Please send a copy up here as soon as possible."
This telegram was awaiting Mr. G. Grafton-Green, executive producer of Ranks' News-Reels and Special Features Division, when he got back from Rome last week after three strenuous days preparing for and "shooting" the Pope's coronation in St. Peter's. "Here" is Ampleforth where Mr. Grafton-Green's 15-year-old son is at school.
This glowing 20 minute film is a triumph for a British studio. No other European studio attempted to make it, and we Catholics really owe a debt of gratitude to Mr. Grafton-Green himself not a Catholic but whose wife and children are-for thinking of it in the first place and to Lord Rank-a Methodist for giving the goahead and sending out with his executive producer his top team of camera men. Chief of these is Ted Candy who filmed the Queen's coronation in Westminster Abbey.
Mr. Grafton-Green told me something about the making of this fine film. " My friend Mgr. Worlock. when I told him I was going to Rome to see if it would be possible to film the ceremony. gave me an introduction to the ViceRector of the English College in Rome-Mgr. Alan Clark. He put me in touch with the head of the Secretariat of State.
" But, of course, the Cardinals, and Cardinal Canali in particular. who alone could give us authority to set up cameras in St. Peter's. were locked in conclave, and we had to wait until the Pope was elected before we could even get our request through.
" Permission finally came on Monday, the day before the coronation-at 11 a.m. You can guess the state we were in, trying to get our cameras installed and everything in position. We were up at 4 a.m. on the Tuesday morning and inside St. Peter's at 6 where we remained till 1 p.m."
WHEN you see this history making film--and you'll have every chance to because it has gone straight into the leading cinemas all over the country you will notice that the camera seldom leaves the Pope's throne.
Looks at the Films
Two of the cameras were in the sanctuary directly facing the Pope from 10 yards away; two were perched high on the great colonnade in St. Peter's Square, moving about over the crowd, showing in close-up now the face of a young nun, now a smart young woman, now a brown habited friar-all faces raised to the balcony where they knew the Pope would be crowned and would come out to bless them when the ceremony inside the basilica was over.
Quite apart from the beautiful composition of the film-the jewellike colours of the rich vestments, Bernini's golden pillars, the white papal throne, and the whole framed in the black clad state representatives (how like the courtiers in an 'El Greco picture they looked)-quite apart from all this, the camera was quick to record little unrehearsed moments, like the Pope attempting to stand up and being told not to by the master of ceremonies, and the pall falling off the chalice and being hastily replaced as it was being brought to the papal throne.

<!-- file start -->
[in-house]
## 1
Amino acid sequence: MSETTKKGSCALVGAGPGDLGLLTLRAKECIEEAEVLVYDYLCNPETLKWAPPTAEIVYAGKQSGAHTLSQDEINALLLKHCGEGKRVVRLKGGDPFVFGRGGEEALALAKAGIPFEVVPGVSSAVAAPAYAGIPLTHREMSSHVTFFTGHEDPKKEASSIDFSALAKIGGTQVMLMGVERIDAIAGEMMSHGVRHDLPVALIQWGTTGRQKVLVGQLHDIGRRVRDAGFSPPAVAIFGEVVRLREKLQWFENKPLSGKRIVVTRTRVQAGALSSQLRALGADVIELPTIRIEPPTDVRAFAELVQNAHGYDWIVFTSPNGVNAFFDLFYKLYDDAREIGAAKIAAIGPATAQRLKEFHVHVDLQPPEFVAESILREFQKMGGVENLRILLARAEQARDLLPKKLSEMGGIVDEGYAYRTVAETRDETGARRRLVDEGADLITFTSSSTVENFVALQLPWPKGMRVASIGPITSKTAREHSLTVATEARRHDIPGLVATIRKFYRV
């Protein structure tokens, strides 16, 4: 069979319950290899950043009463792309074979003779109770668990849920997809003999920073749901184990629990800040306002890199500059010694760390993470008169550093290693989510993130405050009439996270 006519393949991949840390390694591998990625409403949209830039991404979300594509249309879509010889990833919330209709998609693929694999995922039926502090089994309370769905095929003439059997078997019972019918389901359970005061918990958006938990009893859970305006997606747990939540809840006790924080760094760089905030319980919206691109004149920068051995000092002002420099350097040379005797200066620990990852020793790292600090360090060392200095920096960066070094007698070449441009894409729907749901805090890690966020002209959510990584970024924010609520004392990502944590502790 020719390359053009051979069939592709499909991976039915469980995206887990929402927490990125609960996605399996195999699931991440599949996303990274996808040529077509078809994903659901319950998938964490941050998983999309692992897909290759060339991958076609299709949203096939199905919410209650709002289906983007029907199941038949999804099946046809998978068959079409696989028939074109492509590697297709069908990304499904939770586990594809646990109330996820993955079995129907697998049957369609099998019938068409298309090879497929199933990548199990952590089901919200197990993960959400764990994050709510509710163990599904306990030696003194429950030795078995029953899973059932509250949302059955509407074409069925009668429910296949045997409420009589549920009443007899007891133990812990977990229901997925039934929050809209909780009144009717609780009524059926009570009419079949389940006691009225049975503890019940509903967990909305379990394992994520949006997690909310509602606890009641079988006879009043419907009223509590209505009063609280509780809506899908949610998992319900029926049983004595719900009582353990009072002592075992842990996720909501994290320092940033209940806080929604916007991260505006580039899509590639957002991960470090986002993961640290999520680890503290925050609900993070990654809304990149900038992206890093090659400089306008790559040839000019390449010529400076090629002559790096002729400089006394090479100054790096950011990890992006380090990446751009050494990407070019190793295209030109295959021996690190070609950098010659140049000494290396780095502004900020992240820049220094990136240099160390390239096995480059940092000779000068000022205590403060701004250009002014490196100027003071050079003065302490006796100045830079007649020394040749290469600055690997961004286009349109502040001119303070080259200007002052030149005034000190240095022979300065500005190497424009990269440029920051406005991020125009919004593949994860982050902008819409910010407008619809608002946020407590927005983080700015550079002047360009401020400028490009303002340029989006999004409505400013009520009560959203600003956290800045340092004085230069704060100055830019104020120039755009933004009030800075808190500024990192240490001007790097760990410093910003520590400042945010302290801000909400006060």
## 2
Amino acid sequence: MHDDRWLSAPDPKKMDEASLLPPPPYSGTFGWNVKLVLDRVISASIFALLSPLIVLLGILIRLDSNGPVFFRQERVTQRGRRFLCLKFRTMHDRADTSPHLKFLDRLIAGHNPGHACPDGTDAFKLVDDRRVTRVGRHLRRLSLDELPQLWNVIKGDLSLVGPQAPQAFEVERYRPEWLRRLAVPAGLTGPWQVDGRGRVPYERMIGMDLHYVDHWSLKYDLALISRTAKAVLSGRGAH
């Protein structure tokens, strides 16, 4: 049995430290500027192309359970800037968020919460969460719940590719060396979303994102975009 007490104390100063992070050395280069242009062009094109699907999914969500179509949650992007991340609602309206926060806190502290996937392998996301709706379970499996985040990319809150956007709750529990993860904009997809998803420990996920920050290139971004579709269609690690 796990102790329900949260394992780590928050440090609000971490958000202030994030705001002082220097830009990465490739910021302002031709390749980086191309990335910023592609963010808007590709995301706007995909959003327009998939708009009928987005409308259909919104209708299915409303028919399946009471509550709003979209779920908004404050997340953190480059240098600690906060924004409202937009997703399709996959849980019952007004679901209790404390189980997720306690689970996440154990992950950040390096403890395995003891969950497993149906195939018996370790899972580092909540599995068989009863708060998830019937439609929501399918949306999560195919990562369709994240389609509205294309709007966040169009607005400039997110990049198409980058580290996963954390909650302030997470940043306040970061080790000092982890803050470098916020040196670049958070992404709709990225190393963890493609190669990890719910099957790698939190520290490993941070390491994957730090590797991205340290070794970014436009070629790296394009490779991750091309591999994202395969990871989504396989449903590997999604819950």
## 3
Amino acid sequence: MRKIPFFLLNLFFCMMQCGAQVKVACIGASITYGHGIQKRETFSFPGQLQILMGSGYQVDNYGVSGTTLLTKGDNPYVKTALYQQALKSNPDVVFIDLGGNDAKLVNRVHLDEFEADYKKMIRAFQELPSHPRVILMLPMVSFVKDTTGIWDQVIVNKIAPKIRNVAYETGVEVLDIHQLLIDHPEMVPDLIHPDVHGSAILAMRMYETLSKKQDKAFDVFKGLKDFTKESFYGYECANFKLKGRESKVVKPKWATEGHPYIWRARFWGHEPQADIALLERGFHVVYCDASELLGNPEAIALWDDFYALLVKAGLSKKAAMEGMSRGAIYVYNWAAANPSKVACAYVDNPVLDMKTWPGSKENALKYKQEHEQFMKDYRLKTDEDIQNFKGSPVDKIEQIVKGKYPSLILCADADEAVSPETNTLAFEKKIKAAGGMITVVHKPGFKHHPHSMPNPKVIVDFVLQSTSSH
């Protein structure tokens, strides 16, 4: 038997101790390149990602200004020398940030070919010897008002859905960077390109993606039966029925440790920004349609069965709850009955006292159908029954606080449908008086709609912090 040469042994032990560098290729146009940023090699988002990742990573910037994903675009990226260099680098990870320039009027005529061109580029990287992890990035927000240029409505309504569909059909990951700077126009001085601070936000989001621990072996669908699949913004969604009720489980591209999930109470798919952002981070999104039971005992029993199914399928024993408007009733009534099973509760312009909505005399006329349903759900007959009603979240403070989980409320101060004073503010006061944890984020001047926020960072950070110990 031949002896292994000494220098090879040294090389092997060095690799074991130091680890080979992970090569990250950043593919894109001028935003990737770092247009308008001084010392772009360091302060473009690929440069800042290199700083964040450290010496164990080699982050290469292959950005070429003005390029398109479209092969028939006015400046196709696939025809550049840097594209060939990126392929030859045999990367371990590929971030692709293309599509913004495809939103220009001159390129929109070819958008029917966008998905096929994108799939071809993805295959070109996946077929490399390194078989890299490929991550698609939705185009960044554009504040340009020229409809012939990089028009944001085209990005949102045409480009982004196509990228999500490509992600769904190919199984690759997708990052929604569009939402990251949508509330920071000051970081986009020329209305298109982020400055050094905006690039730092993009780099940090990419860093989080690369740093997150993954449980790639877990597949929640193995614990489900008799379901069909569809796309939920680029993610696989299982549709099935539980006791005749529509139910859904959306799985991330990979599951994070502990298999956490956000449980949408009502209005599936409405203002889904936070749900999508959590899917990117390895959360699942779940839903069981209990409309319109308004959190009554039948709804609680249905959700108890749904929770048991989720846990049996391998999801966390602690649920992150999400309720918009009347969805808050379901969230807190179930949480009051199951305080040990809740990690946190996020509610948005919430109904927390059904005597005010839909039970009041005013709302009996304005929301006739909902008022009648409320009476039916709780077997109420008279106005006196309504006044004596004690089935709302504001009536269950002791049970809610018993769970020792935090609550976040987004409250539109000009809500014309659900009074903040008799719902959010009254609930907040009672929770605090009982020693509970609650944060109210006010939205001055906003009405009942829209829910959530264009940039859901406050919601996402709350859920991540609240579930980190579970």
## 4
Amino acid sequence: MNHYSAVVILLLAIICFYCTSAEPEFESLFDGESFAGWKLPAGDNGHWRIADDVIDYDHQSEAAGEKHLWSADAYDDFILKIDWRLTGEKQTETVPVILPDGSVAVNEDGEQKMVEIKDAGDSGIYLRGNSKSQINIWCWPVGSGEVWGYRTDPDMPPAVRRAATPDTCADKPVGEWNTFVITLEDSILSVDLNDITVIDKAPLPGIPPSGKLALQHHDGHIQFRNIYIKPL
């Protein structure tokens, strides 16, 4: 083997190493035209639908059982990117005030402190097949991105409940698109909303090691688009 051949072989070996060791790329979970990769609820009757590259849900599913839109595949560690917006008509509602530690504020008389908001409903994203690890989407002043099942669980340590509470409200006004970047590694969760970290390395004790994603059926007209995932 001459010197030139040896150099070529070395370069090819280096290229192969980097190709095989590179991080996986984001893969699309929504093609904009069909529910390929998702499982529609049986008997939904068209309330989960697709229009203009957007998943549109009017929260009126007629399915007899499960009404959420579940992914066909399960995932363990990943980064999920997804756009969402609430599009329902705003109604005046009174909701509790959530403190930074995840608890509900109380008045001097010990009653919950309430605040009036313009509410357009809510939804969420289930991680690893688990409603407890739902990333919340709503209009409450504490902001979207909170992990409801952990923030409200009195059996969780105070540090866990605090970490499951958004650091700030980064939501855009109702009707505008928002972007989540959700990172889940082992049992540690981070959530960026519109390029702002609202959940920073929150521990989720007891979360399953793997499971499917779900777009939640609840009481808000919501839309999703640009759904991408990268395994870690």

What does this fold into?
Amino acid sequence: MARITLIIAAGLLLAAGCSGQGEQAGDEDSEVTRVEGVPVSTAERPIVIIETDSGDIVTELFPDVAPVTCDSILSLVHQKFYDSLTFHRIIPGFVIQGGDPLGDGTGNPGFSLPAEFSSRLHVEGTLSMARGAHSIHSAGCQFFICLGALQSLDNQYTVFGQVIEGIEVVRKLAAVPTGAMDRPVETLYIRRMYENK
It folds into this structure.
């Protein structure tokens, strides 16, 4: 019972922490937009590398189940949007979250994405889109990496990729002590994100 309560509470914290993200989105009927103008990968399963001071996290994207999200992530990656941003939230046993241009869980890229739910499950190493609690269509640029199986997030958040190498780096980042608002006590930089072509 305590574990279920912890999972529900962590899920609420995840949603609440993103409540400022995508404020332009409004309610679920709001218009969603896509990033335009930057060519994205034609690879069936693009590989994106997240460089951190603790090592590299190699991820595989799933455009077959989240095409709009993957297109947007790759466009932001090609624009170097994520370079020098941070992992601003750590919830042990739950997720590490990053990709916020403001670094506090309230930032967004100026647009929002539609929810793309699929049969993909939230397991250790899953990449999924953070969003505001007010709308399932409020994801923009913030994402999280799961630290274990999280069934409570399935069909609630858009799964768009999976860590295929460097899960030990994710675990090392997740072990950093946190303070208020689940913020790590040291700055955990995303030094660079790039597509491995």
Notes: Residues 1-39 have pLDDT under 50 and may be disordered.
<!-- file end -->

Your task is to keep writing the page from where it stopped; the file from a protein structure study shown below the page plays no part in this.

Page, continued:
Getting the film back to London and getting it cut, edited, and commentated (excellently spoken by Fr. Agnellus Andrew) was another rush job but it was all ready by Friday. Now, besides English, commentaries are to he made in French, German, Spanish, Italian, and Portuguese, and the film is being flown out immediately to all those countries, including Latin America.
An unusual departure is that, instead of a waiting period between the release of the bigger film and the 16 mm., the 16 mm. has already been made so that applications can be made by schools, colleges, and halls at once.
Address: Gaumont British Film Library, Perivale, Greenford, Middlesex.
THE DEVIL AGAIN
THE devil is on the rampage in the West End just now, and I must say he is bit weary and looks overworked. But how he made me laugh-and it's so nice to he able to laugh in the cinema these days.
He is played by a small, neat man called Ray Walston and he is in " What Lola Wants " (Certificate U) at Warners. The stage version was called " Damn Yankees " and the theme is the way Americans get worked up about baseball, or the ball game as they call it.
When the devil hears a middleaged man, after seeing his favourite team, being slaughtered (on TV, of course), saying: " I'd give my soul to beat the Yankees " up he pops and turns the man into a handsome young baseball player (Tab Hunter) who slays the Yankees. All in return for his soul.
How the devil is cheated in the end, and how even one of his principal assistants, Lola (Gwen Vardon), rats on him, make up a lively, diverting story garnished with rapid, virtuoso musical numbers.
AT the Gaumont is a spectacular British film " Floods of Fear " (Certificate A) all about some terrible floods in an American town, made more frightful by a bunch of escaped convicts. Shot mostly in the studio, this is a revelation or what can be done in a tank.
Some surprising casting. too: Howard Keel. heretofore known only as a handsome, golden voiced hero, appears as a gorilla-like convict, and Cyril Cusack is one of the meanest, wickedest killers ever. Great acting by both and the rest of the cast. including Anne Heywood as a frightened victim of the storm.
Remarkable, too, for the understatement of the week. When Keel and John Crawford (a murderer) have reduced each other to a pulp in a horrible fight and Keel is being led away he asks: " Is he going to be alright?"
" Yes," answers someone. " He's going to be O.K." You've got to be tough, mighty tough on the screen. Anyone else would have been stone, cold dead in the market.